Museums and willful ignorance

When Boris Pasternak was awarded the Nobel Prize in Literature for his novel Doctor Zhivago, the Soviet press exploded with outrage. The year was 1958, and although Stalin was dead, he had instilled a lingering fear, and despite the liberalizations of his successor, Khruschev, critical portrayals of life in the ussr were still commonly demonized as enemy propaganda. The leading Russian cultural newspaper Literaturnaya Gazeta featured an entire spread headed “Anger and Infuriation” with a selection of searing, over-the-top letters savaging the novel and its author. One of the most fervent accusers was Anatoly Safronov, the erstwhile secretary of the Union of Soviet Writers and a laureate of the Stalin Prize. In a rambling, semi-literate statement, the bureaucrat-writer denounced Pasternak, proudly declaring that although he had not read the offending novel, he roundly condemned it. An adaptation of his words, “I did not read it, but I rebuke it,” became a late-Soviet underground byword for the absurdity of uninformed criticism.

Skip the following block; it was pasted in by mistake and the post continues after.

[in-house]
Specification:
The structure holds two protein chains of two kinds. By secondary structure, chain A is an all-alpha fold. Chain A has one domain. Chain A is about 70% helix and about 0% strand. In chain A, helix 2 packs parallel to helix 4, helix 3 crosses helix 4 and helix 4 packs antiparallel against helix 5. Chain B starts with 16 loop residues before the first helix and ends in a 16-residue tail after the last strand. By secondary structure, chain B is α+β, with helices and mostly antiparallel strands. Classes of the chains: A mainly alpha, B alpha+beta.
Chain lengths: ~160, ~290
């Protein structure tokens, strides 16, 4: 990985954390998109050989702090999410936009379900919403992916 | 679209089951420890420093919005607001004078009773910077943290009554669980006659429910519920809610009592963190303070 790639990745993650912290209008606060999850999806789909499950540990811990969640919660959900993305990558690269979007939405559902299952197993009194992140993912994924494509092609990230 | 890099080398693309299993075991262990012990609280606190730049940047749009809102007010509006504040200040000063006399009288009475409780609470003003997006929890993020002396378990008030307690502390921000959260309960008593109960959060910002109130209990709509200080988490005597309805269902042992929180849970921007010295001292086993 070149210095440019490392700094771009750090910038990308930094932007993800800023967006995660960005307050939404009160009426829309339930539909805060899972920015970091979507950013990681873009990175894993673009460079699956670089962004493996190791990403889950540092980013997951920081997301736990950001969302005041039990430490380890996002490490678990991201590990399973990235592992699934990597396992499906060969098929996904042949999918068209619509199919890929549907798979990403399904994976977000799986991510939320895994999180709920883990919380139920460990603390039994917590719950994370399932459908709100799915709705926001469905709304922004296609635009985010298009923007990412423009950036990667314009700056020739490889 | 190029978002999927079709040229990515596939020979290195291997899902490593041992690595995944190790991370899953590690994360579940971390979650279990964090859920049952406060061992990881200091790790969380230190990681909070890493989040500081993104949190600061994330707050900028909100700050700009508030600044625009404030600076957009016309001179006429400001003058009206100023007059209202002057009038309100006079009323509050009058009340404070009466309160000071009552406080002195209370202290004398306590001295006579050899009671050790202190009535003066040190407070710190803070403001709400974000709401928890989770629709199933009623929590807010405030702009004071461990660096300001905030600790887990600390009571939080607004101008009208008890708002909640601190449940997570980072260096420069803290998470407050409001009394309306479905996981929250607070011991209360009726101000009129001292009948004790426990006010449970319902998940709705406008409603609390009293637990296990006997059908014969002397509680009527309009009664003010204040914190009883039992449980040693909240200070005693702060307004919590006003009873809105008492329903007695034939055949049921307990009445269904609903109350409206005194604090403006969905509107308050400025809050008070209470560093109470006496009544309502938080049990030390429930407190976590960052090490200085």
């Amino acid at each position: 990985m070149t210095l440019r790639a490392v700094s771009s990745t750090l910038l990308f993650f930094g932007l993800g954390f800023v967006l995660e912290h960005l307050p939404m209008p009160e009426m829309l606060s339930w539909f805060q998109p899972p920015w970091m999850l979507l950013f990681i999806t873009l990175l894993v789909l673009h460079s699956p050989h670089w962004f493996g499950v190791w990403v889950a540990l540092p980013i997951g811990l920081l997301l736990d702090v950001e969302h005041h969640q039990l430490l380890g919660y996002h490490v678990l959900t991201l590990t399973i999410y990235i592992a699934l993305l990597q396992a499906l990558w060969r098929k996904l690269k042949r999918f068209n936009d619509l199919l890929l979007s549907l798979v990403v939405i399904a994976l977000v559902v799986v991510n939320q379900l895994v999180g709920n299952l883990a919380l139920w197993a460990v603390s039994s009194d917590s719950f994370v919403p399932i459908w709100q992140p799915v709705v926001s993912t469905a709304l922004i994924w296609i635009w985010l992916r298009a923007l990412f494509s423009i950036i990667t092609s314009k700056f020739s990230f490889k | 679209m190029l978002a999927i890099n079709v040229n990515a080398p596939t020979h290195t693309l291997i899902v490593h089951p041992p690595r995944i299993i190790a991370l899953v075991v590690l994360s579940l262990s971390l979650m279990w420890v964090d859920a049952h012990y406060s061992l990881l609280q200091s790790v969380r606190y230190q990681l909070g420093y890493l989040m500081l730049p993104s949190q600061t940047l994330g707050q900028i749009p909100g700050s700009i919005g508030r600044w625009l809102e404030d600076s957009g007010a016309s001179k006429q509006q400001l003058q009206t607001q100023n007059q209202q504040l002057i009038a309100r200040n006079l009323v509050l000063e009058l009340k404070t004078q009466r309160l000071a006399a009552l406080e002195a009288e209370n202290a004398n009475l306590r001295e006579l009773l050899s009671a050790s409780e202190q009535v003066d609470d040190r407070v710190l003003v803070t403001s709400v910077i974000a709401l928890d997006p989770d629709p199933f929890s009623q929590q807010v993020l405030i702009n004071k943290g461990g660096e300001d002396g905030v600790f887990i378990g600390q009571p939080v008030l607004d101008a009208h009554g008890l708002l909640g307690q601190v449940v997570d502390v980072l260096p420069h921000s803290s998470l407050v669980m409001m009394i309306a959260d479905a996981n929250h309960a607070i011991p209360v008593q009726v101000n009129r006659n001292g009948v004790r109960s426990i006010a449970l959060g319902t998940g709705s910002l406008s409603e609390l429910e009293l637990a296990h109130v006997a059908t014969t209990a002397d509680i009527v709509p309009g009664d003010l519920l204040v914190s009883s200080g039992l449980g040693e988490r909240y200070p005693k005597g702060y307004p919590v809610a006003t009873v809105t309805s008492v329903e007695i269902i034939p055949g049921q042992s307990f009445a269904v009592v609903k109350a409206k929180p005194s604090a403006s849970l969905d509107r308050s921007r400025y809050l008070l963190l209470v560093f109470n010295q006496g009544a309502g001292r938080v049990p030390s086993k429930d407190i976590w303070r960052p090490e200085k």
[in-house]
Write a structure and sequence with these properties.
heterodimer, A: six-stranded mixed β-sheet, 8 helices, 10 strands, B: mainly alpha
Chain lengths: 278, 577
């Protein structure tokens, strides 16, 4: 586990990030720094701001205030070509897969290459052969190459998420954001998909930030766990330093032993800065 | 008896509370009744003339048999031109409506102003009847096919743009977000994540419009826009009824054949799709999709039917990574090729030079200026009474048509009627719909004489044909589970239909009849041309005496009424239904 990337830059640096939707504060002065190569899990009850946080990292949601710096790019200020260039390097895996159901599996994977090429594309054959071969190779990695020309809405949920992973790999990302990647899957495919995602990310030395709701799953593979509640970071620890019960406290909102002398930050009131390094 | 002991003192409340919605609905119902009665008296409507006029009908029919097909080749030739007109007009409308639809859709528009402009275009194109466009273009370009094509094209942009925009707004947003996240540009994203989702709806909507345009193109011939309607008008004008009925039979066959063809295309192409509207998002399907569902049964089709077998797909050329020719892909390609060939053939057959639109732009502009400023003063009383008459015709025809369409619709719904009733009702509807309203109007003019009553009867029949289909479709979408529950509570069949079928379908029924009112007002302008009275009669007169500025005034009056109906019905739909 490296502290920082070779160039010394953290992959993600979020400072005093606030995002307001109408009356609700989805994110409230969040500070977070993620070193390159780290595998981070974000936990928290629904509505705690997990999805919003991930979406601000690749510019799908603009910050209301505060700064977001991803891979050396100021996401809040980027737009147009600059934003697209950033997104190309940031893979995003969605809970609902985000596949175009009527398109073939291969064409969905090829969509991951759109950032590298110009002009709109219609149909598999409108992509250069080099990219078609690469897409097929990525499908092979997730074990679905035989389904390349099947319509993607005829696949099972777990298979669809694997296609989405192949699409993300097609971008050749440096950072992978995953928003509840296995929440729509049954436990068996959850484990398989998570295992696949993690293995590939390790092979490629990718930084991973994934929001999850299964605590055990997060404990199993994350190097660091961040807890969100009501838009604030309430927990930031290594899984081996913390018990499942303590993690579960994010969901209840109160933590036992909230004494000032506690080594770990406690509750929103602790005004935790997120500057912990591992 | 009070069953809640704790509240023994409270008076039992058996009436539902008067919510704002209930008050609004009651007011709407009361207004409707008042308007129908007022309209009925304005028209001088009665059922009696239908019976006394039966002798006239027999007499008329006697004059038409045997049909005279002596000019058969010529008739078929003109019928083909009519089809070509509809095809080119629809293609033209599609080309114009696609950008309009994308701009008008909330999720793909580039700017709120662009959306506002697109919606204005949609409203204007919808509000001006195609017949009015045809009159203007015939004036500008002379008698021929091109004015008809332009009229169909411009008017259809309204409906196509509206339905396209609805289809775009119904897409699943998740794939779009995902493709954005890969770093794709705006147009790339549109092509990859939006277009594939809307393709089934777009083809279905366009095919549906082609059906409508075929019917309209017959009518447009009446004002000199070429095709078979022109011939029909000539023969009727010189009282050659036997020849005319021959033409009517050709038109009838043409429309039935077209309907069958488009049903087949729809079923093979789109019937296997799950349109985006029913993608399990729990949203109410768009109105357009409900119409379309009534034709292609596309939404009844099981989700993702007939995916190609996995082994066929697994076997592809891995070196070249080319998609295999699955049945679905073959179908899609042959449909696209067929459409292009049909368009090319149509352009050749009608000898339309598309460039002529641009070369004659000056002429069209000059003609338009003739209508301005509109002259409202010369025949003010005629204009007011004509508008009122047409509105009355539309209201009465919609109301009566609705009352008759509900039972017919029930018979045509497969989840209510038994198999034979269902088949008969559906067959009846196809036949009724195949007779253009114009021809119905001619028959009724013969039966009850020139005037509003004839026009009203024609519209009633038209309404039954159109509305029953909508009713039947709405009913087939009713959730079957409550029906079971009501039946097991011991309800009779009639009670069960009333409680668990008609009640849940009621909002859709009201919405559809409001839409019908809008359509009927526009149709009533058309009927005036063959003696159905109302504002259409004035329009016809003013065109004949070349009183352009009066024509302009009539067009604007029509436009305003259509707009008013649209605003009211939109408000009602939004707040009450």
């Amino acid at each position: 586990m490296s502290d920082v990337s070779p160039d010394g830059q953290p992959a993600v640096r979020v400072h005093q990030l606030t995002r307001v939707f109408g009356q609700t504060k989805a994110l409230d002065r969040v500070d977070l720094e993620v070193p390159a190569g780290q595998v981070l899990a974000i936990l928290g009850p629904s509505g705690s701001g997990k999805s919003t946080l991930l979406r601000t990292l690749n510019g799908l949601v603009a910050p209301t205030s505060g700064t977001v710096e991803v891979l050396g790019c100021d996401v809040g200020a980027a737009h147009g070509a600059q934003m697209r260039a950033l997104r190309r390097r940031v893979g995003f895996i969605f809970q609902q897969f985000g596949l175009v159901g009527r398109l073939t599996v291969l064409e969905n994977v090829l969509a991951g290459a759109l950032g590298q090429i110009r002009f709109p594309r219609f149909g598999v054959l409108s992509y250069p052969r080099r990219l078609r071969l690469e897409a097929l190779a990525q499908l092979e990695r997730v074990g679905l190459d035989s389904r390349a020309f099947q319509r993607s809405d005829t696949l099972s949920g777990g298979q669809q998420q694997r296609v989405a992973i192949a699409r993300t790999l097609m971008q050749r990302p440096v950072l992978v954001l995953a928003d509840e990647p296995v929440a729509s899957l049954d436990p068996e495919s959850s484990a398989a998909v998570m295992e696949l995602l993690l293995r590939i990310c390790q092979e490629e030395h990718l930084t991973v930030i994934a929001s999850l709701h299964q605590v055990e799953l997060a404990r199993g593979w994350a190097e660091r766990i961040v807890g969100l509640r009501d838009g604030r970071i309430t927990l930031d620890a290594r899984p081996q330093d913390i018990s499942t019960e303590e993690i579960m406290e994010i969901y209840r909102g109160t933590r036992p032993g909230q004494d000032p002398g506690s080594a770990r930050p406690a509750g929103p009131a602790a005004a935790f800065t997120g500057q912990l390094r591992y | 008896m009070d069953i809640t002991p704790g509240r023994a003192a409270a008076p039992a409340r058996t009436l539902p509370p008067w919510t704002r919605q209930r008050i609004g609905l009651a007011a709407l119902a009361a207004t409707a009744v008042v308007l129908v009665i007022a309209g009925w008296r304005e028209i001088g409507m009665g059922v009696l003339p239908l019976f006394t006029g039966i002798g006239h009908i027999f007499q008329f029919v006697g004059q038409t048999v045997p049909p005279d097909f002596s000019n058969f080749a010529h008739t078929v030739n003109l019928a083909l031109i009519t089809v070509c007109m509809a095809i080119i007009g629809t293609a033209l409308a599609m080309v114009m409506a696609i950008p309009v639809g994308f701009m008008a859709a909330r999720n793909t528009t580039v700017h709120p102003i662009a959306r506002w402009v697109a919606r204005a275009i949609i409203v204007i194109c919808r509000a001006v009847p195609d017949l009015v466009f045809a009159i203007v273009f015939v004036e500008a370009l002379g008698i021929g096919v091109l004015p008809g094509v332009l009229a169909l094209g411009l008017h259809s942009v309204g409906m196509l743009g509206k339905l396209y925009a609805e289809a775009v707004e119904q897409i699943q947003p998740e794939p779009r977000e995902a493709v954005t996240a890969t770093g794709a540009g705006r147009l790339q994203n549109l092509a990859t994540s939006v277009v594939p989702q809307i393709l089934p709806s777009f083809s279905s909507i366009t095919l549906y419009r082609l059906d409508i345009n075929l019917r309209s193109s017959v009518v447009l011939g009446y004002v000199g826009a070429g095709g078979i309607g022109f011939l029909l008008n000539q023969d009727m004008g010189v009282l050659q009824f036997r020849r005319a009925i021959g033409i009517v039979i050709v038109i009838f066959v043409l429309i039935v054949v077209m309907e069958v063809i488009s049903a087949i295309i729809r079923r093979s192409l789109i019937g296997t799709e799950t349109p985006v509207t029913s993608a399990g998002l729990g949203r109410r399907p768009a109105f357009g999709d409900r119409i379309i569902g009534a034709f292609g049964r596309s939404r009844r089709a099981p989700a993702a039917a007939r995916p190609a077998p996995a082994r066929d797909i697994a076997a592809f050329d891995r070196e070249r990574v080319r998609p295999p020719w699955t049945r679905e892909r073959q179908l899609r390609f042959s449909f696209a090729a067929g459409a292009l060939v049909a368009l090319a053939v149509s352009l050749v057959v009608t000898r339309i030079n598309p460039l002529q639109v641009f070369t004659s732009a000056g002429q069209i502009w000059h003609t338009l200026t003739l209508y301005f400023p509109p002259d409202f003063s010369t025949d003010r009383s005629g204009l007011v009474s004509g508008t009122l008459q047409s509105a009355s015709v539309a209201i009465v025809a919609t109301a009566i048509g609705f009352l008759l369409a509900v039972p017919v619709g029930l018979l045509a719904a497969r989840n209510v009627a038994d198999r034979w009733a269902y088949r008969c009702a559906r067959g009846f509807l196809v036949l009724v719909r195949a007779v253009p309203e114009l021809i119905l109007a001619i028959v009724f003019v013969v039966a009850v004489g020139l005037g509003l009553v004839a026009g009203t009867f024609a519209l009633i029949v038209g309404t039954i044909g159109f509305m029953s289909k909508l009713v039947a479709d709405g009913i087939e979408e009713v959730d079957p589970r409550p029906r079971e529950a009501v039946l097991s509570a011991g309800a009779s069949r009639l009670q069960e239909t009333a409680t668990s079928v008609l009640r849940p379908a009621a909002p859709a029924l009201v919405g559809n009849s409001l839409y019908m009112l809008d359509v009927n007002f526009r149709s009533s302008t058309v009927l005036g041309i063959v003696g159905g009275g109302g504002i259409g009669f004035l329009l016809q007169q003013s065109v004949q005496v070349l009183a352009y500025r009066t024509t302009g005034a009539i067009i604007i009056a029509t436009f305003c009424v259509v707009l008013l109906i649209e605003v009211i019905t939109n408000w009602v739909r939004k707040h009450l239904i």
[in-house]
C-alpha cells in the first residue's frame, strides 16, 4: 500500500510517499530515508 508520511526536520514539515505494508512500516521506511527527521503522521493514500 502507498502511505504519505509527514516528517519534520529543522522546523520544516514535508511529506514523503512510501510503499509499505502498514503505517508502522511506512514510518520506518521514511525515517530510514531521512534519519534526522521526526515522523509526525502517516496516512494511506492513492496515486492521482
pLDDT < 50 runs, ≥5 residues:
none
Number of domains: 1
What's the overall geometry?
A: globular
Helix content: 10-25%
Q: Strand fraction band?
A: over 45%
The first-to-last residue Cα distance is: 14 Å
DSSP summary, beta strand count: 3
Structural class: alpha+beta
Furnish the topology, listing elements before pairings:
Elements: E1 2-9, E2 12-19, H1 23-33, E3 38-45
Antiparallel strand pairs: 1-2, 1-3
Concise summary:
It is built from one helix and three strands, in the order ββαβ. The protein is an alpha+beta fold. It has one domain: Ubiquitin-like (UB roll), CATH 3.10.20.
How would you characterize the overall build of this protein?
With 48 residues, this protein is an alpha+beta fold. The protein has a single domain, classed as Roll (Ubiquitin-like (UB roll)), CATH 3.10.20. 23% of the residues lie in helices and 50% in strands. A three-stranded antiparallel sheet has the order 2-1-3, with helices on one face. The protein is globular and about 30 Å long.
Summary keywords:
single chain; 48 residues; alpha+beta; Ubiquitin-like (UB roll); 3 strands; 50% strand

I was reminded of Safronov’s inadvertent bon mot twice last week: first, as I read the Brooklyn Museum’s announcement of their latest exhibition “It’s Pablo-matic: Picasso According to Hannah Gadsby,” and then again as I perused moma’s “pride-month”-themed Instagram posts.1 The Australian comedian Hannah Gadsby co-curated the Brooklyn Museum show, billed as “part of a global presentation . . . marking the fiftieth anniversary of Pablo Picasso’s death,” together with Sackler Senior Curator Catherine Morris and Senior Curator Lisa Small. In the opening quote of the exhibition description, Gadsby channeled Safronov’s pigheaded message of proud ignorance: “Picasso said, ‘You can have all the perspectives at once!’ What a hero. But tell me, are any of those perspectives a woman’s [sic]? Well, then I’m not interested.” To make up for the lack of a “woman’s” perspective in Picasso’s art, Gadsby et al. proceed to hitch the “woman artist” wagon to Picasso’s power engine. Nevermind that Picasso’s pronouns would have been “he/him,” so that a “woman’s” perspective would not have been his thing in the first place. Logic is just another patriarchal atavism.

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